Stripped Hangar One "a failure in government"
Moffett restoration board sends letter to federal officials over funding
The Moffett Field Restoration Advisory Board members signed a letter in support of NASA's $32.8 million request to re-skin Moffett Field's historic Hangar One — a response to news that the NASA Inspector General is questioning the merit of that request.
The board, which represents environmental regulators, historians, community members and officials from Mountain View and Sunnyvale, signed the letter Thursday evening, May 12.
RAB Co-chair Bill Berry said it should be clear to federal officials that leaving Hangar One a bare skeleton "is going to be emblematic of a failure in government. I can't think of a better point to make in Washington."
U.S. Navy contractor Amec Environmental has begun removing the siding, which contains layers of toxic PCB's, lead and asbestos. The project has required 225 semi-truck loads of scaffolding to be installed inside Hangar One, with some coming from as far away as Florida, said Navy official Bryce Bartelma.
The RAB's letter was sent to NASA administrator Charles Bolden, California congress members and NASA's Inspector General's office, which is conducting an audit on NASA's 2012 funding request for new Hangar One siding.
Amec and Navy officials say Hangar One's frame will be coated with paint that has a 12-year warranty and may last 30 years, but many are still very concerned about corrosion and public opinion turning against an eyesore. And bird nesting in the frame may cause "bird air strike hazards" (the Navy's use of the acronym "BASH" drew chuckles) for the adjacent runway.
"Unless Hangar One is recovered it's not going to be good for any reuse purpose or mission," the letter says. Hangar One "will be there as an emblematic eyesore reminder of a failed preservation effort." Recovering the hangar is "the logical next step" and would allow it to continue to be "a Bay Area icon."
Addressing the Inspector General's reported concerns that NASA doesn't have a mission for Hangar One to justify the restoration expense, the letter points out that NASA's unique responsibility in restoring the hangar is the result of an agreement with the Navy, which left Moffett in 1994.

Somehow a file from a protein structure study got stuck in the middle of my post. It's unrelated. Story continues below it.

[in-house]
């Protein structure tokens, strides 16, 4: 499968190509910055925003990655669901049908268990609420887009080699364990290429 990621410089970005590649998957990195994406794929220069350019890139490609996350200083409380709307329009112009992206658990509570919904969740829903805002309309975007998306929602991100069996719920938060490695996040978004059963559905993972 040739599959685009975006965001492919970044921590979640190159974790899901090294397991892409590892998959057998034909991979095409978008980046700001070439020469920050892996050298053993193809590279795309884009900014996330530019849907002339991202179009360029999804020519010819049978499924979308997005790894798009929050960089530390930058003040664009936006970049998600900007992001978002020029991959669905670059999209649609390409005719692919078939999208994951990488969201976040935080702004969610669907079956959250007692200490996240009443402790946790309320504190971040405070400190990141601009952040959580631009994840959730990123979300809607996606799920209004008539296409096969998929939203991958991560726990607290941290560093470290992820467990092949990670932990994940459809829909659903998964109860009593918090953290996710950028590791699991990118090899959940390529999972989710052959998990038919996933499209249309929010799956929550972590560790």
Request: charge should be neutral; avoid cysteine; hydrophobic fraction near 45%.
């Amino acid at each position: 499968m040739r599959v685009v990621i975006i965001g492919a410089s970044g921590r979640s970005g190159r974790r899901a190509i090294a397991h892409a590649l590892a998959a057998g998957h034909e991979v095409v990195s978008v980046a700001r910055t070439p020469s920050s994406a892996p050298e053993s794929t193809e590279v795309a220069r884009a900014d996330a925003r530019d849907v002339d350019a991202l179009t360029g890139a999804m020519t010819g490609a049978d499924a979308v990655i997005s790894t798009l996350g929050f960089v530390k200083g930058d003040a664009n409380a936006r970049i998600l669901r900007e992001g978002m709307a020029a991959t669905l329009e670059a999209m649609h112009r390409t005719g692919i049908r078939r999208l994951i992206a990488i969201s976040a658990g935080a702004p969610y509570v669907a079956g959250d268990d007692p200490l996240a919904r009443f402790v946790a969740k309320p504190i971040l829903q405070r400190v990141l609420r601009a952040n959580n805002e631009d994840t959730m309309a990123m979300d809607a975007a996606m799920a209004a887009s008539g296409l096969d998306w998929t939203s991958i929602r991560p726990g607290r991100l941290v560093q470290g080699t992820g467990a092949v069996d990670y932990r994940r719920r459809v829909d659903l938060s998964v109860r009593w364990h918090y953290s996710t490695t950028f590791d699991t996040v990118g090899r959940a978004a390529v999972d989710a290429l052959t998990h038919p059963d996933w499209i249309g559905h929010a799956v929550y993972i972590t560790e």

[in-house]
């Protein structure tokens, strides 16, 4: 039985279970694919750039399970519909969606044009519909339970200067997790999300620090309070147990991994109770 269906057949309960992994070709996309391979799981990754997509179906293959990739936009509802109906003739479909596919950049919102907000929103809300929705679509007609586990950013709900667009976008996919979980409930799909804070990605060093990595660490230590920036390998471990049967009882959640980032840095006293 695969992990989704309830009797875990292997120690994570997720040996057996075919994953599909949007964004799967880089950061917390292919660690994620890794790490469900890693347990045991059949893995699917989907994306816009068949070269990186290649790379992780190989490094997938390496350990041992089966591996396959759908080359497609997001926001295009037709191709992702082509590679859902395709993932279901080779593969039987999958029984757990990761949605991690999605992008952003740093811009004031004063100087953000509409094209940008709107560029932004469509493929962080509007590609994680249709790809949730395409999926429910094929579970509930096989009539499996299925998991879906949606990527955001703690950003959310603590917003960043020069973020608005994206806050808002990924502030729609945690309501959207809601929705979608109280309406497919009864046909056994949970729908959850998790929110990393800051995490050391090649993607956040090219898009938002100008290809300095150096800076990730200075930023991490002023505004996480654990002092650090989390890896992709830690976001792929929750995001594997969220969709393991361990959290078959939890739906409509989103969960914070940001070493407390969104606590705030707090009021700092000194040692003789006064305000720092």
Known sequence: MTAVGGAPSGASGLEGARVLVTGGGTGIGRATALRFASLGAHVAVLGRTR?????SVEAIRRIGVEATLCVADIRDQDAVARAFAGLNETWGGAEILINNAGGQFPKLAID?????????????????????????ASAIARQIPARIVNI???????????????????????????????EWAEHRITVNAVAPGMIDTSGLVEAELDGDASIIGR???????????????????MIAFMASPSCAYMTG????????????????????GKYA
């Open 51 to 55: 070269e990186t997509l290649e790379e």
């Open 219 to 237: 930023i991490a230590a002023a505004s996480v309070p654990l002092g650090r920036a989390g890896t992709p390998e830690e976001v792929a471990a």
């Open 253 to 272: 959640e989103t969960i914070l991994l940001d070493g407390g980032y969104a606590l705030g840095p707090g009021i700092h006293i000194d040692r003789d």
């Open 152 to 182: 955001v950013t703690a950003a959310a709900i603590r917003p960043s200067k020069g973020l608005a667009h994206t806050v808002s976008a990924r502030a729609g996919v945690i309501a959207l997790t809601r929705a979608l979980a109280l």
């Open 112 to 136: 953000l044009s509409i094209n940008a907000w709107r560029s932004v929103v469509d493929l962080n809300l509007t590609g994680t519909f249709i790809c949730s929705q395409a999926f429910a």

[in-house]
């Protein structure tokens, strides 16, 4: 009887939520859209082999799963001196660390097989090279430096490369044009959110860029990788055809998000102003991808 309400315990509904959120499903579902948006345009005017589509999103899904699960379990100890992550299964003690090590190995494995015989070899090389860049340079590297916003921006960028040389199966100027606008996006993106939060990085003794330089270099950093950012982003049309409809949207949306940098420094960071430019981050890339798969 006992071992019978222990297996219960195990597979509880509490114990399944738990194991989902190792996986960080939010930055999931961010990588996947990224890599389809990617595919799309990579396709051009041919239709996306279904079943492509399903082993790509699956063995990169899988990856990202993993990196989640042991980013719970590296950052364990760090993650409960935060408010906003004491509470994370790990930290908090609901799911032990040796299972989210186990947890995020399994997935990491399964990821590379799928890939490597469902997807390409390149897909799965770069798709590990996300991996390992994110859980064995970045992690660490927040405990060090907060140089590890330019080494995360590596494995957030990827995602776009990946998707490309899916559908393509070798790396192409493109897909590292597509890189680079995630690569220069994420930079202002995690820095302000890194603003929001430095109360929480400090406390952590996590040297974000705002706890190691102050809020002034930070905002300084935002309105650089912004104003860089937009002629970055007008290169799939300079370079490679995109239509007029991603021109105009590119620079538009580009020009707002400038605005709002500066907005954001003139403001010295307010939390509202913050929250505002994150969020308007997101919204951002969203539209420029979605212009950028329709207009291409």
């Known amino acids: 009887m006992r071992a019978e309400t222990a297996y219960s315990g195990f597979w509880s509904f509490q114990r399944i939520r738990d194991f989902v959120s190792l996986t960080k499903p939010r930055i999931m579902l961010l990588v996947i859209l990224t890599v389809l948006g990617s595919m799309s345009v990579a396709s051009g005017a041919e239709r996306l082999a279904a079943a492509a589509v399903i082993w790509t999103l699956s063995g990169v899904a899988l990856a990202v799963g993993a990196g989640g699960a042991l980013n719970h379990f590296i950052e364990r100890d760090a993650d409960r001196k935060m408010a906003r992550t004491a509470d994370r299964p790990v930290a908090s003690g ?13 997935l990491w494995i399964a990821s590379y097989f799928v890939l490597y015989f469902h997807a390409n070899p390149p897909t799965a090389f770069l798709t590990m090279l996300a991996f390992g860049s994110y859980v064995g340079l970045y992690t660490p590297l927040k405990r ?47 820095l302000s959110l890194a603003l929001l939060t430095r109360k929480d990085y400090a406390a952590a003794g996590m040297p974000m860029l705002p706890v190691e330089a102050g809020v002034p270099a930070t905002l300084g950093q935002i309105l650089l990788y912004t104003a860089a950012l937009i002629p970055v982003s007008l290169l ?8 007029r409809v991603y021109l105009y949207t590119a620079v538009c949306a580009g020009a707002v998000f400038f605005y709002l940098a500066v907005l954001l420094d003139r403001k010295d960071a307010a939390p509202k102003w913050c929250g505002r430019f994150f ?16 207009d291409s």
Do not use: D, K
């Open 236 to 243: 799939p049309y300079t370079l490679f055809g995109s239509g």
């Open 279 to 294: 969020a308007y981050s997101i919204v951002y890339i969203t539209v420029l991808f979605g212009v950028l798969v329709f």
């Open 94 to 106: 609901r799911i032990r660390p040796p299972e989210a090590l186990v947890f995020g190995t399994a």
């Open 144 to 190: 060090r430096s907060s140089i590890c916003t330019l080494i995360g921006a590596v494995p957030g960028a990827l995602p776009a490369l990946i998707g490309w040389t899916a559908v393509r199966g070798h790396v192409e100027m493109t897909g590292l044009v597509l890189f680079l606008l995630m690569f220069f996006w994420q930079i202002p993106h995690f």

"NASA's support for recovering Hangar One is consistent with its obligations under the National Historic Preservation Act and the Office of Management and Budget's decision to share the cleanup and re-covering of costs for Hangar One between the Navy and NASA," the letter reads.
The first panels removed on the southern roof of the hangar have exposed a layer of redwood that preservationists say they were unaware of. The wood is laid underneath the black upper portion of the hangar. The tongue and groove sections create a herringbone pattern, Bartelma said.
Board members were surprised to learn that the wood is set to be removed and sold.
"I'm very uncomfortable that a piece of the hangar that is historic is now going to be sold off," said Steve Williams, RAB member and Save Hangar One Committee member. There needs to be a discussion about "whether we're going to use historic parts of the hangar to restore the hangar or are we going to sell them off?"
NASA Ames official Ann Clarke added that NASA Ames' facilities engineering department "has their eye on that wood."
Deb Feng, NASA Ames deputy director, explained that NASA has decided not to save hundreds of unique corrugated and wire-reinforced upper windows because "there aren't many that aren't damaged."
Preservationists appeared to accept that assessment after seeing images of numerous cracked and shattered windows projected on a large screen. Some suggested that the surviving windows be sold as souvenirs, much like portions of cable from the Golden Gate Bridge have been sold and turned into a source of funds.
"I think these could be sold and the money could go into the re-siding of the hangar," was a comment from one observer.
Hangar One discussions ended with a presentation on efforts to partner with the Smithsonian Museum to re-use Hangar One as an earth, air and space center. Larry Ellis, CEO of the Air and Space West Education Foundation, (ASWEF) said officials in Washington D.C. like the idea of using the hangar as a distribution center for Smithsonian exhibits which rarely come to West Coast museums. The idea of using Hangar One as a museum itself has yet to gain traction.
ASWEF, the board of which includes Save Hangar One Committee leaders, has also reframed its pitch with a new focus on using Hangar One as an education center focused on earth, air and space sciences, helping to fulfill NASA's requirement to provide public education in science, technology, engineering and math. They also say it could also be a part of the planned university campus at the adjacent NASA Research Park, which has been put on hold because of uncertainties about World Expo 2020 coming to Moffett Field.
At the meeting, Feng continued to express NASA Ames' interest in using at least part of Hangar One to house modern airships.
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